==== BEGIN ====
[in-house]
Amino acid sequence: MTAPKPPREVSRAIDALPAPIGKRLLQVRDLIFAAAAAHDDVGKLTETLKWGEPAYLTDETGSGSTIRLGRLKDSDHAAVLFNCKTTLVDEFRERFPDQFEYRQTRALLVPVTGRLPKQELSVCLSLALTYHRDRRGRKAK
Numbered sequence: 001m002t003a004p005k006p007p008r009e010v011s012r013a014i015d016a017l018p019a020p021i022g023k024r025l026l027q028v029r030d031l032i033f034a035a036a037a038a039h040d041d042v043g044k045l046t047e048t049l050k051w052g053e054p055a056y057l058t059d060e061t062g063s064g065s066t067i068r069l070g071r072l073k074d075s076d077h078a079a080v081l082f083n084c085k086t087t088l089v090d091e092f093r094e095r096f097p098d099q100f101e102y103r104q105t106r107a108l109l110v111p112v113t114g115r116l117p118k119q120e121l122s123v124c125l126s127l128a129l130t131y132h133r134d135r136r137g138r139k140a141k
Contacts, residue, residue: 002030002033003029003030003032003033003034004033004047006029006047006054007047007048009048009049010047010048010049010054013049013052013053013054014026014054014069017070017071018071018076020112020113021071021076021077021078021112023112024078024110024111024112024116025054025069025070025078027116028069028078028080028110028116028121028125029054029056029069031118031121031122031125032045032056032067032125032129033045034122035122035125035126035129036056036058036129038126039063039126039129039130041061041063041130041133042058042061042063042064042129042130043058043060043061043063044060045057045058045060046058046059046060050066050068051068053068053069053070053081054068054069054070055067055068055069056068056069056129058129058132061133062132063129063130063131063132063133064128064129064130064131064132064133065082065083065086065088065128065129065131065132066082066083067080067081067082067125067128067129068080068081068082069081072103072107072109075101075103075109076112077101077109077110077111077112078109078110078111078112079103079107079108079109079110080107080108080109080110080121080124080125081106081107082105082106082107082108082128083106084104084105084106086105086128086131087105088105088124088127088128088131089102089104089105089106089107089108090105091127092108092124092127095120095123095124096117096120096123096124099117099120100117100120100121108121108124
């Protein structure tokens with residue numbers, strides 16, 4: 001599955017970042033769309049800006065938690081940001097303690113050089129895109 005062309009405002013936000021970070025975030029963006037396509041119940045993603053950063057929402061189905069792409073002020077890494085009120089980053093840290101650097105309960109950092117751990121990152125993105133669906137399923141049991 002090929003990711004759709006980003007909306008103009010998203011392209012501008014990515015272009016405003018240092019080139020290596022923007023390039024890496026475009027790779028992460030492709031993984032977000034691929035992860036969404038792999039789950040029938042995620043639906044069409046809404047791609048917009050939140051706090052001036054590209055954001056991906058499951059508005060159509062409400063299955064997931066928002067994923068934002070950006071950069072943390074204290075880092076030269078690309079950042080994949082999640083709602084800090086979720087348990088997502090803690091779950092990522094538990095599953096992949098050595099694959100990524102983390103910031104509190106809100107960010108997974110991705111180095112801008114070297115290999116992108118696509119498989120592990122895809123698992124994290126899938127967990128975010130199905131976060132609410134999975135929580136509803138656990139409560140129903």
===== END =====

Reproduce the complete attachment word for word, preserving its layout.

[in-house]
Amino acid sequence: MTAPKPPREVSRAIDALPAPIGKRLLQVRDLIFAAAAAHDDVGKLTETLKWGEPAYLTDETGSGSTIRLGRLKDSDHAAVLFNCKTTLVDEFRERFPDQFEYRQTRALLVPVTGRLPKQELSVCLSLALTYHRDRRGRKAK
Numbered sequence: 001m002t003a004p005k006p007p008r009e010v011s012r013a014i015d016a017l018p019a020p021i022g023k024r025l026l027q028v029r030d031l032i033f034a035a036a037a038a039h040d041d042v043g044k045l046t047e048t049l050k051w052g053e054p055a056y057l058t059d060e061t062g063s064g065s066t067i068r069l070g071r072l073k074d075s076d077h078a079a080v081l082f083n084c085k086t087t088l089v090d091e092f093r094e095r096f097p098d099q100f101e102y103r104q105t106r107a108l109l110v111p112v113t114g115r116l117p118k119q120e121l122s123v124c125l126s127l128a129l130t131y132h133r134d135r136r137g138r139k140a141k
Contacts, residue, residue: 002030002033003029003030003032003033003034004033004047006029006047006054007047007048009048009049010047010048010049010054013049013052013053013054014026014054014069017070017071018071018076020112020113021071021076021077021078021112023112024078024110024111024112024116025054025069025070025078027116028069028078028080028110028116028121028125029054029056029069031118031121031122031125032045032056032067032125032129033045034122035122035125035126035129036056036058036129038126039063039126039129039130041061041063041130041133042058042061042063042064042129042130043058043060043061043063044060045057045058045060046058046059046060050066050068051068053068053069053070053081054068054069054070055067055068055069056068056069056129058129058132061133062132063129063130063131063132063133064128064129064130064131064132064133065082065083065086065088065128065129065131065132066082066083067080067081067082067125067128067129068080068081068082069081072103072107072109075101075103075109076112077101077109077110077111077112078109078110078111078112079103079107079108079109079110080107080108080109080110080121080124080125081106081107082105082106082107082108082128083106084104084105084106086105086128086131087105088105088124088127088128088131089102089104089105089106089107089108090105091127092108092124092127095120095123095124096117096120096123096124099117099120100117100120100121108121108124
């Protein structure tokens with residue numbers, strides 16, 4: 001599955017970042033769309049800006065938690081940001097303690113050089129895109 005062309009405002013936000021970070025975030029963006037396509041119940045993603053950063057929402061189905069792409073002020077890494085009120089980053093840290101650097105309960109950092117751990121990152125993105133669906137399923141049991 002090929003990711004759709006980003007909306008103009010998203011392209012501008014990515015272009016405003018240092019080139020290596022923007023390039024890496026475009027790779028992460030492709031993984032977000034691929035992860036969404038792999039789950040029938042995620043639906044069409046809404047791609048917009050939140051706090052001036054590209055954001056991906058499951059508005060159509062409400063299955064997931066928002067994923068934002070950006071950069072943390074204290075880092076030269078690309079950042080994949082999640083709602084800090086979720087348990088997502090803690091779950092990522094538990095599953096992949098050595099694959100990524102983390103910031104509190106809100107960010108997974110991705111180095112801008114070297115290999116992108118696509119498989120592990122895809123698992124994290126899938127967990128975010130199905131976060132609410134999975135929580136509803138656990139409560140129903």